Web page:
Create a team identity and stick to it
The Chicago Bears have ping-ponged between wanting to be an explosive offense team and a hard-nosed defensive team over the past decade.
Former NFL executive Michael Lombardi pointed out on 670 the Score that the Bears are suffering from an identity crisis.
"“They’ve lost their identity in terms of ‘here’s who we are and what we represent as a football team.’ They’ve gotten away from it. You often thought of with (Mike) Ditka, with all the great defenses, as a defensive team that would run the ball and play tough. Well, that’s not who they are now. That’s not who they are. They lead the league in sacks. They’ve given up over a zillion yards in sacks. They had their first 200-yard passing the game last week. They’re trying to be a finesse team that really isn’t a finesse team. I think at the end of the day, that’s the core. I think Ted Phillips and (George) McCaskey have to sit down and say, ‘This is the kind of football team we want, this is who we are.’ And the general manager has to fill in those blanks and go from there.”"
The Ravens have never suffered from a lack of identity. They are a tough, physical team that runs the ball, gets big plays off play-action passes and bootlegs, and plays great defense–this current defense might not be the best example.
Baltimore drafts and signs free agents to this identity. They have been magnificent at knowing when to let players walk away and bring in the next man to fill that spot.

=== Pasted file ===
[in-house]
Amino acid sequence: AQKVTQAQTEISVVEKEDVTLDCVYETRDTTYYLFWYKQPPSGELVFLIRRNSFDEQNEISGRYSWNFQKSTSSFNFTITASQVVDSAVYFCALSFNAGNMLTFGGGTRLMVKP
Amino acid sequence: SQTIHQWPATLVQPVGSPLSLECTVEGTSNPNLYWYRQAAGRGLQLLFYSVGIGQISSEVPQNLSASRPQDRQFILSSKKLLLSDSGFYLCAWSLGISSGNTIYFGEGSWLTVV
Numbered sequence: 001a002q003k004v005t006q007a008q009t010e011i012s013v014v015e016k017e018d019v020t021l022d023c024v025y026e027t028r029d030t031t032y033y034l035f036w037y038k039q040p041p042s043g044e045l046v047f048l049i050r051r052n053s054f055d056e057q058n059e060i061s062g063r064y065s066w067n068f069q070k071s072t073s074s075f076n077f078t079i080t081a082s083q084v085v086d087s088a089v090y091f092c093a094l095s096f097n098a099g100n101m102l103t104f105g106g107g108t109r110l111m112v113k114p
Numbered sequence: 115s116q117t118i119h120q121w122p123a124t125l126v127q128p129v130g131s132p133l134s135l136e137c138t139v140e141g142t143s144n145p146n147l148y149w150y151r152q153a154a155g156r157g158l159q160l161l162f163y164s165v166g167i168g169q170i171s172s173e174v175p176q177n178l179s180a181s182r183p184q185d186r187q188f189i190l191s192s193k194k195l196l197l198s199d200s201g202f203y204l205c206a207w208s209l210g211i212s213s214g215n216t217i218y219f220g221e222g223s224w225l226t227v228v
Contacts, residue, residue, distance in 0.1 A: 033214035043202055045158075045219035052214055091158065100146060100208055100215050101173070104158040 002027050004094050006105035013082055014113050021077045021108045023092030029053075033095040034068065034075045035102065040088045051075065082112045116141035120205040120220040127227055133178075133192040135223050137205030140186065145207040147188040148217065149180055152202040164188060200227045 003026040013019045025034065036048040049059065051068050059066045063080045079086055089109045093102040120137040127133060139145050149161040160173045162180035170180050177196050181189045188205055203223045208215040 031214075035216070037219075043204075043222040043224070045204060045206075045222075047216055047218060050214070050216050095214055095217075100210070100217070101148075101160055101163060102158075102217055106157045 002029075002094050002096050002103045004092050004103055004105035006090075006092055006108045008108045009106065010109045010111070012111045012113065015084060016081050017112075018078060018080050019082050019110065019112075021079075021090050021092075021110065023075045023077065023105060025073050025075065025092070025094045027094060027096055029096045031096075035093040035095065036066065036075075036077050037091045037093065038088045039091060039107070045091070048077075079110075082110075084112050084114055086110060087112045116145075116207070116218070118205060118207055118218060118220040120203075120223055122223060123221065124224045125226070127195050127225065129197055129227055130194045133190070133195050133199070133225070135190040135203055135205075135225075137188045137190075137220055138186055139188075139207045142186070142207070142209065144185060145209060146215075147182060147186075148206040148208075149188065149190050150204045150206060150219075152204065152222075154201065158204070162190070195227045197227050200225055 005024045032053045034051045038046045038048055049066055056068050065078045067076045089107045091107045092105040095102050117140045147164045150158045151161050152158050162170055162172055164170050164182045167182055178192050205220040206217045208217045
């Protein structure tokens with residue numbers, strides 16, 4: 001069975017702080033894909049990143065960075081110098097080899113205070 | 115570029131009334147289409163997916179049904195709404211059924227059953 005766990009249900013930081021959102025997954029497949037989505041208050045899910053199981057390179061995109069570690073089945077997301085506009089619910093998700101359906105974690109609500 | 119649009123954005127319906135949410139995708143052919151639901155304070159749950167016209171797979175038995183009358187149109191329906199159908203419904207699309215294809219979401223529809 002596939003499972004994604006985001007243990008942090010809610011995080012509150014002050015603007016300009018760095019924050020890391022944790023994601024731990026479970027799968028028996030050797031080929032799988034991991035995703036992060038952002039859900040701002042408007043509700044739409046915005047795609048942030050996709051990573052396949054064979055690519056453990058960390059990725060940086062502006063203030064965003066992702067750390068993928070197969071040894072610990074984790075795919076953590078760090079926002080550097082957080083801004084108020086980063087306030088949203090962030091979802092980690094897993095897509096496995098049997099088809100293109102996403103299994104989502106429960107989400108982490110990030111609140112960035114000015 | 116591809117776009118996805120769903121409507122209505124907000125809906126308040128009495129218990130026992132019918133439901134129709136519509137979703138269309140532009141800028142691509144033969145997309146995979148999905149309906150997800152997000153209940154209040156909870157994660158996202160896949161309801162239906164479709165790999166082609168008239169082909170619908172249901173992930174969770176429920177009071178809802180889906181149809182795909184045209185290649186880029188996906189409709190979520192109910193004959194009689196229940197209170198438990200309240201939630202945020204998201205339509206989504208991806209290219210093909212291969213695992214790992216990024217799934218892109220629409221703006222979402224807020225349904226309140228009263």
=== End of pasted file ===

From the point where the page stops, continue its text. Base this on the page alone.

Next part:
The metrics say pass, pass, pass to score points and gain big yards. The Ravens have found a way through their identity to still get chunk plays and score points. In the past ten seasons, only once did Baltimore finish in the bottom 10 in both yards and points.
The Bears do not need to go back to the days of Walter Payton to the right, Walter Payton to left, Walter Payton up the middle, punt, and hope the defense dominates to win games.
The Bears can make a decision to be a team that will be physical in the trenches on both sides, run the ball, and get chunk plays out of play-action and rolling out the quarterback. It has been working for Baltimore and even the Tennessee Titans are getting success leaning on that identity.
Justin Fields is at his best when the pocket moves. Fields can throw a great deep ball and running the ball opens up play-action which can give Fields the chance to make big throws. Run a few pass-run options plays and screens to add to getting big plays. I feel like I am describing another team that does that, oh that is right, it is the Ravens and how they use Lamar Jackson.
The Ravens are not the perfect franchise. There was the Ray Rice scandal, they have had their fair share of draft busts, and also lost a playoff game to Tim Tebow.
They have built a model that gives them chances at the playoffs and hopes of Super Bowls. The Ravens have had stability in the front office and on the sidelines. The Bears are in constant upheaval.
The Bears can mirror the Ravens in one more way–transition ownership like the Ravens did a decade ago, but that is wishful thinking.